By Allison Levine, Foodable Contributor
There is more to Reno, Nevada, than just gambling. For the last three to four years, the Reno food scene has been emerging and at the rate it is going, there is no stopping it.
Reno, the “biggest little city,” is home to approximately 350,000 people (including neighboring Sparks) and you can get anywhere in the city within 15-20 minutes. Reno is centrally located with the mountains only 20 minutes away, San Francisco 3.5 hours away, Sacramento 2 hours away, and Las Vegas 7 hours away. Unlike Las Vegas, Reno, sandwiched between Highway 80 and the Truckee River, is located in the high desert and experiences cooler weather.
And with Nevada being one of the best states for renewable energy and also having one of the largest lithium mines in the U.S., Reno has been drawing people from San Jose. Apple has had one of the world’s greenest data centers in operation in Reno for the past four years; Tesla is building a $5 billion dollar giga-battery factory that is five-million-square-feet and will offer 6,500 jobs; and Reno is one of seven states approved for drone testing which will bring 400 jobs into the area.
With this population growth, it is only natural that the food scene in the “biggest little city” is growing as well. The emerging scene includes new ethnic cuisines, barbecue joints, and most importantly a focus on local, seasonal ingredients. Arguably one of the leading chefs in the Reno food movement is James Beard nominated Chef Mark Estee. With five restaurants currently in the area, he believes in Reno as a culinary destination.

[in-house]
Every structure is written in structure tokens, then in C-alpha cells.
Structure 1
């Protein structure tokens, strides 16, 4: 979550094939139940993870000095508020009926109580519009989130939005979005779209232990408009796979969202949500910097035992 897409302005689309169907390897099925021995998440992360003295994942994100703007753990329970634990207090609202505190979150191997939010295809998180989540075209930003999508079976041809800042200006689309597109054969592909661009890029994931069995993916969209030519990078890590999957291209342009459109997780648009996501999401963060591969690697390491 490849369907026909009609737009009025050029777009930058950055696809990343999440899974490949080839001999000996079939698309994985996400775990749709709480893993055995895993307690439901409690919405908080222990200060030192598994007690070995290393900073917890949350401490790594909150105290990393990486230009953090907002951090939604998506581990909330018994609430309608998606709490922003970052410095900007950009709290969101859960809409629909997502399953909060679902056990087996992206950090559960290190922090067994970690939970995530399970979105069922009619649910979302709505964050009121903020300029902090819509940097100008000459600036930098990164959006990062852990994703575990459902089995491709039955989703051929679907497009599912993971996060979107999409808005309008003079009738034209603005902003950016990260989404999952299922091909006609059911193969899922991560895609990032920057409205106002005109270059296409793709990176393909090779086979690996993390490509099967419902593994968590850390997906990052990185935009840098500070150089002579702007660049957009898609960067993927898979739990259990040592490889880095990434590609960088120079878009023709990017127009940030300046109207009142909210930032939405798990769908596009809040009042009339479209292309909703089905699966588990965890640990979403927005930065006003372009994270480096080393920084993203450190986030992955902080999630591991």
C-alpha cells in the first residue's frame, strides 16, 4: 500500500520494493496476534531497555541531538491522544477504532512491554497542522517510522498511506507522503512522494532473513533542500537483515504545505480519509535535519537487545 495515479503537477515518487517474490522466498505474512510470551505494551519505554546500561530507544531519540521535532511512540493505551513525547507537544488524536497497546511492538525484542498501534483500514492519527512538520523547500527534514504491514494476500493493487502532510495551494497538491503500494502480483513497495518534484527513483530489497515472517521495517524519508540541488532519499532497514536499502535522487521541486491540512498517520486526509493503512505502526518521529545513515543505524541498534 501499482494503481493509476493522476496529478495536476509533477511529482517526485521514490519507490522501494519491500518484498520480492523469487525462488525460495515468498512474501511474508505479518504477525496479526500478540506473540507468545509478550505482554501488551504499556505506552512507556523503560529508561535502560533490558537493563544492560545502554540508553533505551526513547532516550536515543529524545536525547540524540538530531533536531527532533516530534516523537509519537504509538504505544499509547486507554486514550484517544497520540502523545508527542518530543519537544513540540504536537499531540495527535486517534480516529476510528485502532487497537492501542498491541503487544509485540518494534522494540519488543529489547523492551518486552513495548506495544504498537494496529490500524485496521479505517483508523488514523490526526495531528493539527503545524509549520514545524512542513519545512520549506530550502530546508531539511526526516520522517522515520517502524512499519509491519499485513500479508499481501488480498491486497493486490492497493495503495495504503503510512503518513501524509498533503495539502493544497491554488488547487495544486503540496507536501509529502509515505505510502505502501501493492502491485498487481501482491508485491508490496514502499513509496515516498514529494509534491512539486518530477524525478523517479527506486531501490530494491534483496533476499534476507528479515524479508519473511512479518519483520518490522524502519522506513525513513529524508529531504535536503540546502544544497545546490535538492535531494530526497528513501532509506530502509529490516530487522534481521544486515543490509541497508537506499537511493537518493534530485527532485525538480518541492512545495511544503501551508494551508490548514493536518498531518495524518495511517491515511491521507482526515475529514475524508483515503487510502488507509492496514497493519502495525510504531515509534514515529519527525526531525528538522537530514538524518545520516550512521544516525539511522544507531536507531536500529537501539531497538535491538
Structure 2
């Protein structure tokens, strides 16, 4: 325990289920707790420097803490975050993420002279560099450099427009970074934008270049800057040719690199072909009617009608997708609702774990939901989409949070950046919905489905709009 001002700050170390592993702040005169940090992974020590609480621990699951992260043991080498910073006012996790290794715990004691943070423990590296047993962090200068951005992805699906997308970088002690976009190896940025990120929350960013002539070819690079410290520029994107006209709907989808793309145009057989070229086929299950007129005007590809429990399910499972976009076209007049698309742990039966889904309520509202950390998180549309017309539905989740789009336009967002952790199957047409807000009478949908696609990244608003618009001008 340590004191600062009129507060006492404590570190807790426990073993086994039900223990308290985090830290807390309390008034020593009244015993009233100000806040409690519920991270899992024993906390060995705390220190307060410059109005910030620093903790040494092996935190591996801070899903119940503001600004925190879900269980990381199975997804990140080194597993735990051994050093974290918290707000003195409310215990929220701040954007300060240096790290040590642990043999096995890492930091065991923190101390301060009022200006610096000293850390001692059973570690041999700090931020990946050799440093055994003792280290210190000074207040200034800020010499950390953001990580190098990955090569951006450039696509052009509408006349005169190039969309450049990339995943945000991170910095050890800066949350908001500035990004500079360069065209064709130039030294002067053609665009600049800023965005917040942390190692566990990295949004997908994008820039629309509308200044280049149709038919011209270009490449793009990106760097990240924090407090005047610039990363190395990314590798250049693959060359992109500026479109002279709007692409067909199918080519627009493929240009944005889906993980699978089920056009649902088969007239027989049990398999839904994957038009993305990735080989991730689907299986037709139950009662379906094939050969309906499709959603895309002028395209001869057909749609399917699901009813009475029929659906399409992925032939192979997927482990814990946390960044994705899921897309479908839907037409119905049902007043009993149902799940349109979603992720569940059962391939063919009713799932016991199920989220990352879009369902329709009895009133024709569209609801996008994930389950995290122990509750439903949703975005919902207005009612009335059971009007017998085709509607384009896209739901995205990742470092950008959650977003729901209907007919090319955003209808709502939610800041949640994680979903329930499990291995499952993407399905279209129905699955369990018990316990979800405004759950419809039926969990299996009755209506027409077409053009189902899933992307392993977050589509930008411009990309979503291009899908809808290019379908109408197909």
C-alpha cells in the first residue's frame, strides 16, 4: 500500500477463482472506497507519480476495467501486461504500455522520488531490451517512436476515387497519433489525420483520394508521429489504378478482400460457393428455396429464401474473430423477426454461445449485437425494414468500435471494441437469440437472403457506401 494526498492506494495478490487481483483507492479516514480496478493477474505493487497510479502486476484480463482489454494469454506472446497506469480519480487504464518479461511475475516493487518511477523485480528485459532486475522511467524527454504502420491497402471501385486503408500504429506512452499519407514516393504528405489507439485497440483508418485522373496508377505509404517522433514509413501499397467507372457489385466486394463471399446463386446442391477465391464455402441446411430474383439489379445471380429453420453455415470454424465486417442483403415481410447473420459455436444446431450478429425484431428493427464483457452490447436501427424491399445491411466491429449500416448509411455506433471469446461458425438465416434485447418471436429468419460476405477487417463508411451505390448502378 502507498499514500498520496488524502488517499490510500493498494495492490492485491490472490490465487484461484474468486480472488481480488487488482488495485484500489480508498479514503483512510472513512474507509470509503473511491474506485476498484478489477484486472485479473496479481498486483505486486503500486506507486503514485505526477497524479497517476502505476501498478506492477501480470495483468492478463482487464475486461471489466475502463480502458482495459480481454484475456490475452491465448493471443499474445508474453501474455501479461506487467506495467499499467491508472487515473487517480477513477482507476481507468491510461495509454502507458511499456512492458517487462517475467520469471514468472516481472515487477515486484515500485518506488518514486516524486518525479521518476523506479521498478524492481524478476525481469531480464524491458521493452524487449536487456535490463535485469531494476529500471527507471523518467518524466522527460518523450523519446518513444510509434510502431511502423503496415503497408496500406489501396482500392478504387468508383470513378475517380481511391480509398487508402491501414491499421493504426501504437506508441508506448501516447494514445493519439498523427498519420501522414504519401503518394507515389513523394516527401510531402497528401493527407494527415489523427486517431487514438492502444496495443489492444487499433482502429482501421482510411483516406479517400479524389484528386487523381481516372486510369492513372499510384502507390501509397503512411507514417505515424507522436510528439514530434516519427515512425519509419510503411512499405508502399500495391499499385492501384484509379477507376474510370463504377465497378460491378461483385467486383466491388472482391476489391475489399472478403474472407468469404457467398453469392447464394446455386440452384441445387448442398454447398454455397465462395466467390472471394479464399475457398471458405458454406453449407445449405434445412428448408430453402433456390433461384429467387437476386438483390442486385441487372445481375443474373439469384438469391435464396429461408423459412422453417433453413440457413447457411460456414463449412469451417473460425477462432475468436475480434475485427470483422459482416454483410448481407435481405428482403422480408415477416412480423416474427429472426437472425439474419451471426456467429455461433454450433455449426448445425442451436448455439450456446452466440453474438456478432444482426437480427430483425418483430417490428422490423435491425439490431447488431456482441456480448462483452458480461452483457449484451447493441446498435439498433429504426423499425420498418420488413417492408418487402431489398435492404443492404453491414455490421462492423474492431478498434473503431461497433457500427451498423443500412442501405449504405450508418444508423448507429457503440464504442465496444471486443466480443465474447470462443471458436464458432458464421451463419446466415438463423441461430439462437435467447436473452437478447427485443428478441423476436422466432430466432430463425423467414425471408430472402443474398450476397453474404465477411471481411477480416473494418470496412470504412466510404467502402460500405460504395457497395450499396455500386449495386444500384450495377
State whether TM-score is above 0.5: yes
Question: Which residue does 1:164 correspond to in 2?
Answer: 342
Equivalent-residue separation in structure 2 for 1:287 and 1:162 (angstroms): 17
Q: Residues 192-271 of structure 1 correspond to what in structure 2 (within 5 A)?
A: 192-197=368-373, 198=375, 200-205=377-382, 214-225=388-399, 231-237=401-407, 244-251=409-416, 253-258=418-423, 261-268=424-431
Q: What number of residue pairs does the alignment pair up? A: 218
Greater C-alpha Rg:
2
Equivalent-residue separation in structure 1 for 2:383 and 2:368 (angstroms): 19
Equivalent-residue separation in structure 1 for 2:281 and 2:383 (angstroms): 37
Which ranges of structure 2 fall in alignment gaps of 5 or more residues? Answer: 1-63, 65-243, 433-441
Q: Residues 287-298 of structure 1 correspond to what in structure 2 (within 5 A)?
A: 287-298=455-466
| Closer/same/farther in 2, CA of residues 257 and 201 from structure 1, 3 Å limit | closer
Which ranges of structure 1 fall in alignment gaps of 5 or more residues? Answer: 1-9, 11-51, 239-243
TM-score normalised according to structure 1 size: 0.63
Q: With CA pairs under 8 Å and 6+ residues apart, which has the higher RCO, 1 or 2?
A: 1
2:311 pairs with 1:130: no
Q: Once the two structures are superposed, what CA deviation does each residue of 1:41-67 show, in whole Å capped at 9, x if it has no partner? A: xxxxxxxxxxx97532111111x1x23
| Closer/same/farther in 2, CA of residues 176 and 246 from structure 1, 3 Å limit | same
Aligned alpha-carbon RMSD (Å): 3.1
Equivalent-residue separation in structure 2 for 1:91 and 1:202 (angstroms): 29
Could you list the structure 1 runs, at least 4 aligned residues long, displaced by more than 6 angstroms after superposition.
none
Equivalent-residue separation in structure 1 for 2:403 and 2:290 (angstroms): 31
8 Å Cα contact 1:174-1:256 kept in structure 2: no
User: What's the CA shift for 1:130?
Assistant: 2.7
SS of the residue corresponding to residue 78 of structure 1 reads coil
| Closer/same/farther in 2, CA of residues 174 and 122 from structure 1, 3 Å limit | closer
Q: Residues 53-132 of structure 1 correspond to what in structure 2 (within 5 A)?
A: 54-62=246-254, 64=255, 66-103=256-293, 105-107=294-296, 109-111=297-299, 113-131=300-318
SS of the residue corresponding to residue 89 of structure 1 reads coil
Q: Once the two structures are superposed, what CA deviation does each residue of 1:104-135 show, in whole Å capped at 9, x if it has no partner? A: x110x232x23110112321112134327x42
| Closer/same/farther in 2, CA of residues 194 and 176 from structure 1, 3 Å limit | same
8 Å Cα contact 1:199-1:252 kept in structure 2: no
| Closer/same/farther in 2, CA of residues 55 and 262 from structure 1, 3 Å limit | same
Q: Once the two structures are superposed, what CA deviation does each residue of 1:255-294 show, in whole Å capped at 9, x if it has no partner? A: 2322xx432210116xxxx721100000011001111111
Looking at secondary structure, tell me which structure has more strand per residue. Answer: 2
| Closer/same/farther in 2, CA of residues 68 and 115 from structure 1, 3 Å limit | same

Chef Mark Estee
Originally hailing from Boston, Chef Estee was on his way to San Francisco in 1996 when he stopped in Tahoe for a short stint. Three years later, seeing the potential of the area, he opened his first restaurant, Moody’s, in Truckee in 2002. While in Truckee, he would regularly travel to Reno for events and observed that there was a desire for good food but nowhere to get it. Drawn to Reno for its potential, Chef Estee was the first independent chef to start opening up restaurants.
Each of Chef Estee’s restaurants has its own identity, offering a seasonal, local, fresh focus. He works with local farmers and everything is house-made, including in-house butchering. Chef Estee first opened Campo where he brought in a pizza oven from Italy to make authentic pizzas. Chez Louis is located in the Nevada Museum of Art, the only national accredited art museum in the state of Nevada. Heritage in the Whitney Peak Hotel, the only non-gaming hotel in downtown Reno, offers a menu celebrating the diversity of Northern Nevada - Native Americans, local ranchers (farm to table) and German and Asian immigrants. Burger Me in West Reno, as well as a location in Truckee, is an all-natural hamburger joint. And Reno Provisions, located in a former JC Penny and then antique shop, is a marketplace offering quick, healthy, local food in a glorified cafeteria. Reno Provisions also sells original artisanal products, wine and beer, promoting local Reno vendors like Nevada Brining Company, Amato Family Kitchen (jams and jellies), Big Horn olive oil, and Al’s Bees local honey. Opened Dec 2nd, 2014, Reno Provisions is the workhorse for all the other restaurants. They do all of the butchering (currently six pigs, four cows and six lambs per month) and baking for all the other restaurants.